Schagen opened the scoring for his side, their first World Championship goal for 62 years, and Sluijters could not have been happier that his captain was the one to do it on an extra-special day.
"It's very special because it was his birthday, along with Ivar Stavast, which makes it even more amazing," said Sluijters, who, like the rest of the squad in the Tauron Arena, were supported vociferously by a passionate section of fans.
"He had some friends from back home," added Sluijters. "All of the guys in the corner were his friends, more or less. So it must have felt amazing for him to score that goal."
"I hope I can have some cake because I am very hungry," joked Schagen.
"This day couldn't have been better, but the most important thing was that we won, because Argentina are a good team. It was important in our group that we won this match. I'm really happy, and of course I'm 33 years old now, so it feels good.
"We worked so long for this," added the TBV Lemgo player. "We are a small handball country and got the wild card, so it feels a little bit that we have to prove that we belong here. We did it against Argentina, but we still have to play two matches in this group and we want to qualify for the main round.
"Then we will prove that we are one of the teams that belong here."
Expert knowledge guiding the way
Leading the Dutch on their quest at Poland/Sweden 2023 is Swedish coach Staffan Olsson, winner of multiple championships both as a player and a coach.
In post since last September, his very first match in charge saw a victory against neighbours Belgium, immediately endearing him to the nation, a reputation now only further enhanced by the moment of history in Poland.
"He's a really relaxed guy, but you always see that he has so much knowledge about handball, the small details. He has so much experience," said Schagen about Olsson.
"For us as Dutch handball players, it's not normal that Staffan Olsson is coaching us. It's really an honour and we try to learn from him.
"It's the only that third week that we have been working with him, so it has to develop a little bit, but we talk a lot," added Schagen about if he, as captain, and the new coach spend a bit of extra time together.
"I give my opinion about the team because I've been in this team since 2009 and I know them. I will try to help him find his way, but I don't need to tell him how handball works."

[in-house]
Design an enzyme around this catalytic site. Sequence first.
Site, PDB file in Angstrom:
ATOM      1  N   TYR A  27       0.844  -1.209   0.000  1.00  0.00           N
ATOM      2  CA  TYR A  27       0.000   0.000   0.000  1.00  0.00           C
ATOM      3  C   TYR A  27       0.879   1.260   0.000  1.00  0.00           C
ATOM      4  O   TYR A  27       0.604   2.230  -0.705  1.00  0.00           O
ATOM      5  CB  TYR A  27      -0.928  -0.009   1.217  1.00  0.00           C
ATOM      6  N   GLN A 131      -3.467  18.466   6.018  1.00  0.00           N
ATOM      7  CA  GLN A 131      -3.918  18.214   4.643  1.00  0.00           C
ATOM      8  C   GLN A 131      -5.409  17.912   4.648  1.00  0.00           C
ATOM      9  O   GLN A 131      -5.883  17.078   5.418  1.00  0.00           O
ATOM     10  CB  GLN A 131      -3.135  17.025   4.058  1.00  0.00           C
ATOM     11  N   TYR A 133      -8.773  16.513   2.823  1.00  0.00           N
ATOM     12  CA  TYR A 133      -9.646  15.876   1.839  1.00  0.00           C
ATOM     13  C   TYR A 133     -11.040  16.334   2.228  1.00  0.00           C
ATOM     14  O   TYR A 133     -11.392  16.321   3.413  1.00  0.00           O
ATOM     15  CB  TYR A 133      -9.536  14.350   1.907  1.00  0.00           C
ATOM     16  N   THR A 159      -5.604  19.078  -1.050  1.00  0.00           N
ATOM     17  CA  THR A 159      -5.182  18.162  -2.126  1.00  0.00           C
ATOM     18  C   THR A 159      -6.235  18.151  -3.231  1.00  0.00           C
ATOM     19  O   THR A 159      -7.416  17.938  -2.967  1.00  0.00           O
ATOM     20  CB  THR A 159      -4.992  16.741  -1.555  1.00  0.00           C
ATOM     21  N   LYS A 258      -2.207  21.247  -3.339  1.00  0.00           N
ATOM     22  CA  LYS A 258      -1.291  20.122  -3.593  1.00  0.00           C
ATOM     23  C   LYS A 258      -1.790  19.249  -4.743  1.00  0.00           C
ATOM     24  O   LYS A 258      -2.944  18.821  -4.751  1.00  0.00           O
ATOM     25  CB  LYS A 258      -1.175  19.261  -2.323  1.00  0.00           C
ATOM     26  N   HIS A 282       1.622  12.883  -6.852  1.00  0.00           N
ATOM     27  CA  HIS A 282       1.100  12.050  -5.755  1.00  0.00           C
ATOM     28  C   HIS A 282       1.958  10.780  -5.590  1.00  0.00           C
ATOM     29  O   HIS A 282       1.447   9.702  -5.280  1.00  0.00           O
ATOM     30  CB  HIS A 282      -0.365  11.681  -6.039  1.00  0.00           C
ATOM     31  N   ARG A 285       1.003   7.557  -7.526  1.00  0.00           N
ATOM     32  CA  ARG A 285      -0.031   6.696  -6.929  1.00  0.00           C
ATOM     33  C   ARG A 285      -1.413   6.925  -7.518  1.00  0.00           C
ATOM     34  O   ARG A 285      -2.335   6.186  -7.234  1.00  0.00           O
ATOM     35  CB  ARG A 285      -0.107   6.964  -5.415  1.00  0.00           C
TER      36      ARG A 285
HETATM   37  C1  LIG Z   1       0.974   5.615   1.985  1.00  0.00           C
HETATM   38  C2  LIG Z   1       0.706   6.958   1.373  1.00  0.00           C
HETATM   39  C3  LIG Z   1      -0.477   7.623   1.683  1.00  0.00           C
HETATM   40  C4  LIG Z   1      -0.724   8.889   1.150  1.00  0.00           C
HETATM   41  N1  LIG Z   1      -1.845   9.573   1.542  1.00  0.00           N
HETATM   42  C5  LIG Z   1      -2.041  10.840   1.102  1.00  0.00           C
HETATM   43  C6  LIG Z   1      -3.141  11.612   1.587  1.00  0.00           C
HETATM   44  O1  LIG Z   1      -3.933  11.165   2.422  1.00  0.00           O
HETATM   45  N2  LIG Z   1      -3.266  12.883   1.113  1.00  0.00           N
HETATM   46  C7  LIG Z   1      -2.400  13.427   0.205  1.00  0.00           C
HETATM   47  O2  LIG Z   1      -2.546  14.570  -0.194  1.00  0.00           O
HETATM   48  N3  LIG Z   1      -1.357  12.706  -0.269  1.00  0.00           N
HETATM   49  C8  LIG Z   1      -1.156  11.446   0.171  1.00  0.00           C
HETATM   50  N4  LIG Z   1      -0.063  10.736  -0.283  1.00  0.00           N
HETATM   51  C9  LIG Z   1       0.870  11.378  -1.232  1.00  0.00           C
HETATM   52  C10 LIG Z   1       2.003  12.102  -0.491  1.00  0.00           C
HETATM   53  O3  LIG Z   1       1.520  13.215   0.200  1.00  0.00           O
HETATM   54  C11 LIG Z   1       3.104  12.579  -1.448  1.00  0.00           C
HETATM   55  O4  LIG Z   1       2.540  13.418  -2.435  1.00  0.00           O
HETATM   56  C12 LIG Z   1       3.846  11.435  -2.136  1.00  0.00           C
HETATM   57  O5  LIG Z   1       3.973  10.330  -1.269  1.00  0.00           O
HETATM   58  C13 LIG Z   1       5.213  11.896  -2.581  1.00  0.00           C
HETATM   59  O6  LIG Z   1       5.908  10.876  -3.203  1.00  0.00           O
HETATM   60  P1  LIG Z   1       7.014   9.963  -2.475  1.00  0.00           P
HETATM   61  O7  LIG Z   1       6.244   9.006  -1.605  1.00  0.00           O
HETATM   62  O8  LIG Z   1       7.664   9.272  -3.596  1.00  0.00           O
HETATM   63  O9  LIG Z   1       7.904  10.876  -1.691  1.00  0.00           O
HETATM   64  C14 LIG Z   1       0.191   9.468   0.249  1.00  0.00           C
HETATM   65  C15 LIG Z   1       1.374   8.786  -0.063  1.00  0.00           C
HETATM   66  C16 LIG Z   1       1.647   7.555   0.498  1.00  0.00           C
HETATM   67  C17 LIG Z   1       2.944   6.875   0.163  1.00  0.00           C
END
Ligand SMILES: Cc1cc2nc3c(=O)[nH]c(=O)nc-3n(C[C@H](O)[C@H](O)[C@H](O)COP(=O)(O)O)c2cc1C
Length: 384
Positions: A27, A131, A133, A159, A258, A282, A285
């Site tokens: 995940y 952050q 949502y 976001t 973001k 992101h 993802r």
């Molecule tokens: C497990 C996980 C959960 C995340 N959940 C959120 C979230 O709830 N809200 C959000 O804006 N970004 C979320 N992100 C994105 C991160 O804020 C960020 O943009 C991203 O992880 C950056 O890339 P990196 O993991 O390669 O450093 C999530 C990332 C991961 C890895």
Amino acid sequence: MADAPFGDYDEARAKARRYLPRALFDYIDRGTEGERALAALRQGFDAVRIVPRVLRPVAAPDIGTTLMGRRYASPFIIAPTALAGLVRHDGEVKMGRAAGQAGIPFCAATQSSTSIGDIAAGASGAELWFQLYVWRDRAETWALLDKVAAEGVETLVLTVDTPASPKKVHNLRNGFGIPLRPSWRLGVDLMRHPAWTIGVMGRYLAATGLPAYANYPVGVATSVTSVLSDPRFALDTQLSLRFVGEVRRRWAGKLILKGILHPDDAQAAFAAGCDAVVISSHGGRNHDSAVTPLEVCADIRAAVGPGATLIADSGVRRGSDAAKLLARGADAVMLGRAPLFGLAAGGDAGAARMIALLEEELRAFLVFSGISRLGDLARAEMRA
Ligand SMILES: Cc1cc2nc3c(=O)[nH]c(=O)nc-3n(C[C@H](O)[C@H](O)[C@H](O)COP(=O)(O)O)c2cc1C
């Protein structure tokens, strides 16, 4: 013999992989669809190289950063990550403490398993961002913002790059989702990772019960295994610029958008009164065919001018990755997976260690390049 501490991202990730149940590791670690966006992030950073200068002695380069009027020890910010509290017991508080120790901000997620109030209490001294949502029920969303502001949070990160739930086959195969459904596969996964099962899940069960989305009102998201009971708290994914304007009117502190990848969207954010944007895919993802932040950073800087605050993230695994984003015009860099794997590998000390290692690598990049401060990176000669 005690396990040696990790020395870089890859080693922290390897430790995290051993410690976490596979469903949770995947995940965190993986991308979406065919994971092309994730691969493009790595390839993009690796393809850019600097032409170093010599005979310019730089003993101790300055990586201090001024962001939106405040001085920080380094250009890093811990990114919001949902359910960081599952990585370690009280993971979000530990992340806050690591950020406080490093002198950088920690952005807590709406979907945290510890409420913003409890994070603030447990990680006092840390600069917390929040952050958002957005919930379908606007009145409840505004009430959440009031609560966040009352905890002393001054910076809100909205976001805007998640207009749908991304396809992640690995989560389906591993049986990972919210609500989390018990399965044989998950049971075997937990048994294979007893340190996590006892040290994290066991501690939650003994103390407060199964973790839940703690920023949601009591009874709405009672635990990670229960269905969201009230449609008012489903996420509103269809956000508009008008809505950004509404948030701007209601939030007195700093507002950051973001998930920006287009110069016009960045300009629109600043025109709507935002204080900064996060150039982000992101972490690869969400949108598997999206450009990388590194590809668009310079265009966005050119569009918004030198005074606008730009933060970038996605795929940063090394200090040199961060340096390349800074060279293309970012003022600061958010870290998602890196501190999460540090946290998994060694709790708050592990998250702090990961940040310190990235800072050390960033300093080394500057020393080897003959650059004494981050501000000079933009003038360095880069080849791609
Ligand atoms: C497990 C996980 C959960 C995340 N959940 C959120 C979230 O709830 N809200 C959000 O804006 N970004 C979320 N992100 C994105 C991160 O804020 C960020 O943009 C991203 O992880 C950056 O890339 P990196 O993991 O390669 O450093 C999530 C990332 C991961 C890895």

History made, make some more?
With 112 national team appearances going into Poland/Sweden 2023, Schagen is well-aware not to get too carried away with that opening victory.
"Our goal here is obviously to qualify for the main round," he said. "That will be a huge step for us and from there on we'll see what's possible, what opponents we'll get, but we want to qualify for the main round. That's the next step."
It's a view Sluijters elaborates on.
"We must forget the Argentina match," said the right back. "We can't be too confident because the next match will be North Macedonia and they have a really good and talented team as well. We will just prepare for the next match, the next opponent and just focus on that one.
"Our first goal here was to make it to the main round. We made a very good step against Argentina. In the future, our goals will be the medals, but I think that's a little bit too ambitious now.
"We want to make it to the main round here, and then we will see where we can go."
Inspiring a generation
While the Netherlands' women's team are well-known, with either a World or European Championship medal every year from 2015 to 2019 and two top-five Olympic Games finishes in 2016 and 2021, the men's side are not quite at that level yet.
And Schagen hopes that as his side and teammates become a regular presence on the international stage and continue to win, it will inspire the next generation back home to head to their nearest court and pick up the ball.
"Handball is really popular with little girls back home and I hope that we can prove that it's also a men's sport. It's really important," he said.
"It's an attractive sport, a fast game, and I hope a lot of young guys will come to handball when they see us. We feel that we have to do that; we feel we are the role models."